We’ve been in Arizona just over 7 months now, almost 6 of them summer, and we’re now evidently in the second blooming of plants and flowers. When we moved here, I visited Lowe’s with their enormous selection of veggies and plants, excited to fill my two raised beds with tomato (heat-resistant), snap peas, Greek oregano, tarragon, and, most exciting of all, an artichoke! I’d enhanced the soil and put a protective cover over the top on the advice of my brother. I watered pretty much daily.

Did I tell you we had a record-setting number of days over 110 and some other sort of heat record? We did. The peas went first, the parsley dried on the stalk rather than having to be dried out in the house. The tomatoes had lots of fruit-in-the-making until they didn’t. The tarragon wilted, the artichoke too, and even the Greek oregano (I’d expected better from it) finally had to be pulled up as well.

Once I bought a small book on planting in Arizona, I found the advice basically to be: Don’t plant from about May-October. I never did figure out why Lowe’s was selling plants unlikely to live. The plants and flowers in our yard hung in there when watered regularly, cacti don’t need much. Now that it’s cooled off, 70’s and 80’s, plants and flowers are making a comeback. You can almost hear their sigh of relief. This is the flower or the creosote bush and the grey fuzzy things are actually fruit.

Just realized today is Friday the 13th, my lucky day. Hope yours is good as well.

  1. restlessjo says:

    Have a happy 13th! 🙂 🙂

  2. Yuvi's Buzz says:

    Having to watch plants drying out due to heat is very frustrating! The creosote are beautiful 😍

  3. Sheree says:

    Good luck with the second planting

  4. peggyjoan42 says:

    Arizona has its own set of rules for planting. We had a yard on the Indian Reservation that looked like an Oasis. All in the type of plants you plant and constant watering in the sandy soil.. Hope your next endeavor to plant a garden works. Always loved the creosote bushes.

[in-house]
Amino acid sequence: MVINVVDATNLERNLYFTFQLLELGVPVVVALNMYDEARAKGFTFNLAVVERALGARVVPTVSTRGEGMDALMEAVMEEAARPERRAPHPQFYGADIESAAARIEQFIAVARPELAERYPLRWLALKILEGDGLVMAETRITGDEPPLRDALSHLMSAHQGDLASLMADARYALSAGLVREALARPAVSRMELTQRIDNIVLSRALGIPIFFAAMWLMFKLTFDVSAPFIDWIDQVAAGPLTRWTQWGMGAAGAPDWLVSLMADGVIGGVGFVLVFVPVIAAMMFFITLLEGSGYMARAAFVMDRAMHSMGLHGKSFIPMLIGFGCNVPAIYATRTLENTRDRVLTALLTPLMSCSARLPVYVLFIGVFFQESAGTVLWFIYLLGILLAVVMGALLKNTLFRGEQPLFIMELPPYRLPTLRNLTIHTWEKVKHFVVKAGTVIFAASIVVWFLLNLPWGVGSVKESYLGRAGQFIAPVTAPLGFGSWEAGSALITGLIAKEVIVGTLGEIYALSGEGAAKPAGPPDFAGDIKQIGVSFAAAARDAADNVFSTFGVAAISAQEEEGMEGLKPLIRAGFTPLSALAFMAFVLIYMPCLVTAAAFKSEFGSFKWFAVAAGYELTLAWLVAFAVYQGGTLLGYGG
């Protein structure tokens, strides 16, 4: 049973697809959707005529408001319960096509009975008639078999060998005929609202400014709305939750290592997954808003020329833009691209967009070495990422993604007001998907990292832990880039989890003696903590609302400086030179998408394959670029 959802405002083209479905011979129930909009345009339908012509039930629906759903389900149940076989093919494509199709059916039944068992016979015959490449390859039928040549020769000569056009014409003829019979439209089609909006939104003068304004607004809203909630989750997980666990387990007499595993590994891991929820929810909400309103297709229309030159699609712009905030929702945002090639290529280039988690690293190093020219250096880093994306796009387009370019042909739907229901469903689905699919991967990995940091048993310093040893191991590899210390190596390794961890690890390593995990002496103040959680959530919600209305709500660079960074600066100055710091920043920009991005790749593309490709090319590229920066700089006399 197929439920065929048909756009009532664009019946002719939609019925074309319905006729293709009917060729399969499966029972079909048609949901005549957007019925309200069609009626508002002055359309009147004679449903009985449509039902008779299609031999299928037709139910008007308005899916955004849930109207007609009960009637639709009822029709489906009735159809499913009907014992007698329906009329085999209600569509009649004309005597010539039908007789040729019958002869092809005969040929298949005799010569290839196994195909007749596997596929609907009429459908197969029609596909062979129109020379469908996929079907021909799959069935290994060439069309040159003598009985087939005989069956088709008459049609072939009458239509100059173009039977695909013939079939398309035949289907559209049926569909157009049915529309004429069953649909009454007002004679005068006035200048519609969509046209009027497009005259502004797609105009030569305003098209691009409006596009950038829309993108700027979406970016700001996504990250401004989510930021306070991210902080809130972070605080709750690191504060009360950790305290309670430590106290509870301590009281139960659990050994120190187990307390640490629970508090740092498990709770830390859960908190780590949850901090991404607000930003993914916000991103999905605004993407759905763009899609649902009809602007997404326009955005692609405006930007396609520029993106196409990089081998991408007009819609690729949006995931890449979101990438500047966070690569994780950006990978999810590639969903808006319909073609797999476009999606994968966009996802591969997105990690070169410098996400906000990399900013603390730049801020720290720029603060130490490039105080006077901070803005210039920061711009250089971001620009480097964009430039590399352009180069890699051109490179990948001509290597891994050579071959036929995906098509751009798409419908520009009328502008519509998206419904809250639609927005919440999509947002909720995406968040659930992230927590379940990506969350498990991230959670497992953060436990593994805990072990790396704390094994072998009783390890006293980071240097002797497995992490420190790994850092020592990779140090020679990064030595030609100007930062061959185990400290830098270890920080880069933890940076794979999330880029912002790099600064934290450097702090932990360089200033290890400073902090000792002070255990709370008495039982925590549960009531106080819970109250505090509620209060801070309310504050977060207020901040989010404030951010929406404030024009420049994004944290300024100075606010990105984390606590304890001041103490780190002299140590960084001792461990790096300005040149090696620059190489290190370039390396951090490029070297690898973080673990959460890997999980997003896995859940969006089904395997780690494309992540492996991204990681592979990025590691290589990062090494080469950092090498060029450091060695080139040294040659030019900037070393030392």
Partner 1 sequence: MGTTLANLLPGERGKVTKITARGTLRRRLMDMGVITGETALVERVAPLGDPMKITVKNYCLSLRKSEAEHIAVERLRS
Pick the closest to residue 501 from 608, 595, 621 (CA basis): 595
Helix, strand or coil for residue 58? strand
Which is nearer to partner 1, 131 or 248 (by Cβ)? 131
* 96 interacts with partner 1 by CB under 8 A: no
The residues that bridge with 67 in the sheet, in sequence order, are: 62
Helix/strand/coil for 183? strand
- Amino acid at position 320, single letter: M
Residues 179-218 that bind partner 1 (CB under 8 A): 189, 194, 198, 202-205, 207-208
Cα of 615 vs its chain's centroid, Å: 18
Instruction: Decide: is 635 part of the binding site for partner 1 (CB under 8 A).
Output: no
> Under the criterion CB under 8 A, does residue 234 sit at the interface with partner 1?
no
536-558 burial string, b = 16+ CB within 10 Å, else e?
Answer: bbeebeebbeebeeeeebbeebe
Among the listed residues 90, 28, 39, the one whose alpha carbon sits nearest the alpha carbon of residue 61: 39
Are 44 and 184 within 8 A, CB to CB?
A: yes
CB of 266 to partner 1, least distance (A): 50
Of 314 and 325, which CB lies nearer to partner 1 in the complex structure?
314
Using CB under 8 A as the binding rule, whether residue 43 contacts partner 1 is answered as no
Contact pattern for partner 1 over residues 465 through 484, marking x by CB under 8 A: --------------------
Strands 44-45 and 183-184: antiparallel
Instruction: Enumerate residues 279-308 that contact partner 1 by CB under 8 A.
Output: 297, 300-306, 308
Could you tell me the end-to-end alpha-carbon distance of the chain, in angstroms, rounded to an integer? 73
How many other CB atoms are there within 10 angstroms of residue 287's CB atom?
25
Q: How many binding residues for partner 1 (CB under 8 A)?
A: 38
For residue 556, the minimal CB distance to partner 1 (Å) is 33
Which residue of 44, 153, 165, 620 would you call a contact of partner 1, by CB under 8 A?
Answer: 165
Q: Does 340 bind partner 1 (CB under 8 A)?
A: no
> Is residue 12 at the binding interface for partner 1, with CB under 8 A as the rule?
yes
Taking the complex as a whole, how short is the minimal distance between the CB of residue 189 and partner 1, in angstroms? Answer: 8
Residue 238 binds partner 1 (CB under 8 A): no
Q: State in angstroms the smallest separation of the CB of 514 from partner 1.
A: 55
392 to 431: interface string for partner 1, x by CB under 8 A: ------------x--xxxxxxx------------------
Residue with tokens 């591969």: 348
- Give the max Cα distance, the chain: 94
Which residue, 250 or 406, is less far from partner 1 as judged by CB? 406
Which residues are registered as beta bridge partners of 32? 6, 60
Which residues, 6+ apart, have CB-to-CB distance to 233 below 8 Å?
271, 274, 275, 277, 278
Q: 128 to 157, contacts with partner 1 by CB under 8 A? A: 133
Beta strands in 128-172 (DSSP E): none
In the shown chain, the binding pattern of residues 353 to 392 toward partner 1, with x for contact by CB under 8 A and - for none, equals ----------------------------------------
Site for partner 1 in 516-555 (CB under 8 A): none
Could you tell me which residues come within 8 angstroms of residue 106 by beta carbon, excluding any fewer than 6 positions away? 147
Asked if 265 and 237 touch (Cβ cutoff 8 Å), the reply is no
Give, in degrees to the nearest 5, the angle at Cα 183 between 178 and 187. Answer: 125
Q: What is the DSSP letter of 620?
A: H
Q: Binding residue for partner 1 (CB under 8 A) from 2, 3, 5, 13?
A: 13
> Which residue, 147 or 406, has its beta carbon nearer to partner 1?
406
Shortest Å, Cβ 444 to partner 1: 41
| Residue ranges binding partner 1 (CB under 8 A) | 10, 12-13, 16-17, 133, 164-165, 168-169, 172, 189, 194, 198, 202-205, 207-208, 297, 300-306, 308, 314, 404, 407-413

5. aFrankAngle says:

    Now that wasn’t a nice way to welcome you to Arizona. 2021 has to be better! Enjoy your Friday. 🙂

  6. Kate Lester says:

    I can kill my plants with neglect, but I’m leaning.

    • I get that. I just don’t understand why all these plants are for sale if it’s a time when it’s almost impossible to grow them. Are other people growing theirs? Their weather is the same as mine. Ah, well, live and learn.

  7. The big box stores sell veggies and flowers in April up here well before the last frost date. I always hide my smile when I see people hauling cart loads out because I know they’ll be back in a few weeks buying more after these die.

    • I was used to that, Judy, and always held off, shaking my head as you probably did. But I do wonder who actually grew any of the plants here? What would I have to have done to have gotten them to grow? It still makes me angry at Lowe’s to think about it, even though I understand it was my ignorance.

      • I’m totally guessing, but thinking that they would need a break from afternoon sun which would require either natural shade, shade provided from an umbrella or shade cloth. If the plants were in containers, opening a large umbrella would be easier. I’m guessing though gardening in the fall would just be easier on you. 🙂

      • I had shade cloth over the tomatoes, but it didn’t help. Ah, well, live, lose, and learn. 🙂

  8. Dan Antion says:

    We had to water often this summer, due to heat and drought. It’s really tough on plants. Are you going to give round-two a shot?

  9. Cee Neuner says:

    I knew I’ve always liked you. I’ve always considered Friday the 13th a lucky day too! 😀

  10. It must have been frustrating to watch your plants slowly dry up. We have the same situation here in Florida. I think there’s a planting season in every state. I see plants in nurseries and just admire them. Too much money lost. But, this little creosote plant looks hardy. Cute lil yellow flowers. I would have thought they were a different type of daisy had you not named them. Is this the plant they get creosote from for fireplaces? Anyway … have a wonderful weekend. Be Safe …
    Izzy 😎

  11. The picture is lovely, the weather there is hot. I can image that there is a struggle with garden over there. I lived in Las Vegas for several years so I have an idea of the dry heat.

    • Dry does make a difference when it comes to being able to tolerate heat, but the kind of highs in the summer certainly make it difficult to grow non-desert things and even the other things need watering sometimes.

  12. Resa says:

    Wow! I don’t think I could take that kind of heat!
    Glad to hear the plants are doing better now.
    Your pic of the creosote bush flowers is very sweet!

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